It was the free eyeliner that did it. After over a year of avoidance I caved in and bought a copy of Glamour and yes, it’s as rubbish as it ever was (but “hey, it’s okay if your new sandals require strategically placed plasters to be wearable”. So, there’s that).

Peak Glamour Rubbishness comes on page 91, with a piece by Stephen Armstrong on “girl envy” (yes, I know). It’s one of those sleazy, sugar-coated MRA-in-disguise articles that tells you “hey ladies, you’re so great, what with your ability to multi-task, always look perfect, bear my children and do lots of shitty jobs so that I don’t have to!” Gee, thanks. Always good to know my subjugation is appreciated.

The piece goes on for three pages, providing plenty of choice nonsense to pick from. My particular faves include Armstrong quoting a fellow journalist, George, on what women are like once they’ve had given birth:

Mid-life crisis? Women have no time for that shit. From the outside, pregnancy looks like a nine-month crash course in the meaning of life. We men, on the other hand, seem destined to spend our late forties seeking enlightenment in Lycra that doesn’t fit, on carbon fibre bikes we can’t afford, doing triathlons. Yes, childbirth might do us a favour.

Yes, George. That is EXACTLY what it’s like. Post-natal depression? Never heard of it. Unhappy mothers in their late forties? Don’t exist. And then there’s Armstrong himself on why it looks like we ladies are “having a lot more fun”:

When we see you across the room – through a bustling party, in a high-powered meeting, back to the table after 15 minutes in the powder room or walking towards the bed – there’s something about the way you move, your mischievous smile, the smart joke and the totally sorted view of what’s needed that stops our heart and catches our breath.

It’s at this point you start to wonder whether Armstrong has met any women in real life or bases his whole reading of half the human race on TV adverts and rom coms. Certainly, he doesn’t seem to think women have an inner life in the way that men do. We don’t have any of those messy crises. We don’t feel conflicted or challenged or incompetent. We just sashay across the room, spreading sweetness and light, making everyone feel better with our “totally sorted view”. Jesus Christ. Thank god we’re not actual real, live people since that would really make things inconvenient for Stephen and George.

The whole piece reminds me of another, supposedly different in outlook and intent, which I read earlier today. Discussing feminism and trans rights, the author – a trans woman – offers up a similarly dismissive, dehumanising view of what adult human females are. Apparently we’re not unique individuals, born into and experiencing a female body, with all of the cultural conditioning and oppression that entails. Don’t be silly! As in the Glamour piece, we don’t get to be real in any meaningful sense, although the argument here is not simply that we’re amazing TV advert women, but that our female bodies don’t mean anything anyhow.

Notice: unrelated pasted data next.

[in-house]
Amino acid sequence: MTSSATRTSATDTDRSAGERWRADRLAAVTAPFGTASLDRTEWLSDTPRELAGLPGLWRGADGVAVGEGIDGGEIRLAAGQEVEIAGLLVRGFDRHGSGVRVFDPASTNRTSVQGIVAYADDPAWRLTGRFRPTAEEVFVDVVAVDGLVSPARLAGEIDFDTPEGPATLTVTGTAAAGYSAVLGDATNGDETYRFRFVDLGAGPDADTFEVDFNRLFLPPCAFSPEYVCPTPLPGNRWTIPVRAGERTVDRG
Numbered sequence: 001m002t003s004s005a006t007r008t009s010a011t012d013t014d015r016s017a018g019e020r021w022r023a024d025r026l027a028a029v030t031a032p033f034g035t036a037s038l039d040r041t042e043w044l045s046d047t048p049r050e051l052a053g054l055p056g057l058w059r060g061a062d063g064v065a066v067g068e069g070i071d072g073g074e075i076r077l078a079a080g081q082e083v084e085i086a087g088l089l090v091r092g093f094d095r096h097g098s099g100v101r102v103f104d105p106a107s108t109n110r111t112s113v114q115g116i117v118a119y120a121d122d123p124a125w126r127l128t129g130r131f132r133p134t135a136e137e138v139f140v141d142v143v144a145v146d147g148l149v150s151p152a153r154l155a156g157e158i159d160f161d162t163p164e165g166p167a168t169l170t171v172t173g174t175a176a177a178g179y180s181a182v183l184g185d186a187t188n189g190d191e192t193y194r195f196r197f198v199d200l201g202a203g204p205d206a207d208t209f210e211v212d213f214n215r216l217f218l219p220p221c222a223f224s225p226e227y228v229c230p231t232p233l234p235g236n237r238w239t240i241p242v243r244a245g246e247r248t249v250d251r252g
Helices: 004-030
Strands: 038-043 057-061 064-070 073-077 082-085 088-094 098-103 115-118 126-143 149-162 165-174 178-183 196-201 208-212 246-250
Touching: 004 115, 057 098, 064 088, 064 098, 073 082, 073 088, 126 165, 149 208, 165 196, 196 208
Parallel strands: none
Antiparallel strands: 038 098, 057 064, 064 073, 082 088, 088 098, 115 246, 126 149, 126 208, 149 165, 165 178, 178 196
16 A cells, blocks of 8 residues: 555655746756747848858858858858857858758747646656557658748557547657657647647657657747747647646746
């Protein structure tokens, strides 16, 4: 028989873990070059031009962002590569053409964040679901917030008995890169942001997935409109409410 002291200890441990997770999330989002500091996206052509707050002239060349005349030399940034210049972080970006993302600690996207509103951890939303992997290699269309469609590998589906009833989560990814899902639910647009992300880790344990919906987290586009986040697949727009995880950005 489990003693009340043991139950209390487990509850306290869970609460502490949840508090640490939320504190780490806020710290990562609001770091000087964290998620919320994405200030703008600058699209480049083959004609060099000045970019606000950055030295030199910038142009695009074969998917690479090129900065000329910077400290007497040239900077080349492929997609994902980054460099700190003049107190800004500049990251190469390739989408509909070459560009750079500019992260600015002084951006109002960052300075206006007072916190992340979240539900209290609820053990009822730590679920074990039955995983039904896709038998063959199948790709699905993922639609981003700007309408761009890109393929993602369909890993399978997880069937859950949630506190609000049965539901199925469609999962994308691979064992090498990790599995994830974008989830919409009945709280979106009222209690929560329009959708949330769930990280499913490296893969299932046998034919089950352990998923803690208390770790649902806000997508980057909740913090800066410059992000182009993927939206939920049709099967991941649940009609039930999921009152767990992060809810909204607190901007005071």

The author mocks “transphobic” feminists for their “nostalgic imaginations of feminism’s nature-over-nurture iconification of the True Female Body”. That’s right – STFU about your periods and your menopause, you fucking flat-earthers! Womanhood’s all about performance now, innit, and hence we’re back at Armstrong’s “the way you move, your mischievous smile, the smart joke and the totally sorted view of what’s needed”. It’s not about your body, your mind and what your experiences mean to you. Women are permitted no interiority other than that defined by males. Fuck this shit and fuck any attempts to characterise such thinking as remotely feminist in nature.

What we have is a movement to impose restrictive stereotypes on all people born female that seems to come from both “sides” – the right (Glamour man) who wants to flatter women into submission to his fantasy and the left (anti-feminist trans woman) who treats womanhood as a plastic fantasy albeit one that can be freely chosen. In truth, we are dealing with same side: patriarchy. In both cases, women have to renounce engagement with their own female bodies as they experience them (“girl envy” shall not be sullied by the thought of brown, sticky menstrual blood) in order to play along with an ideal that exists only on the surface, in make-up, tits, labia, vagina, long hair, dresses, the way you walk, the way you talk, but never in the pain you feel and the life you live. It’s what males see and project onto us, not what we experience. That, ultimately, is all we are allowed to be: the surface. It is nothing short of a denial of our humanity.

Male fantasies of what women are may vary in detail, but they have this as their common feature: we are what those born male say we are, not what we suffer, think, desire or need. To pretend that this flatters us or even liberates us from the ravages of gender is frankly absurd. It matters not whether you are mocking women for daring to describe their biological reality – a reality that has been demonised, controlled and talked over for millennia – or “celebrating” women for being the multi-tasking robot dolls you always wanted them to be. You still believe you own us and set the boundaries of what we are permitted to be. No one who truly loves women, respects them and does not believe themselves to be innately superior to them could possibly think like this.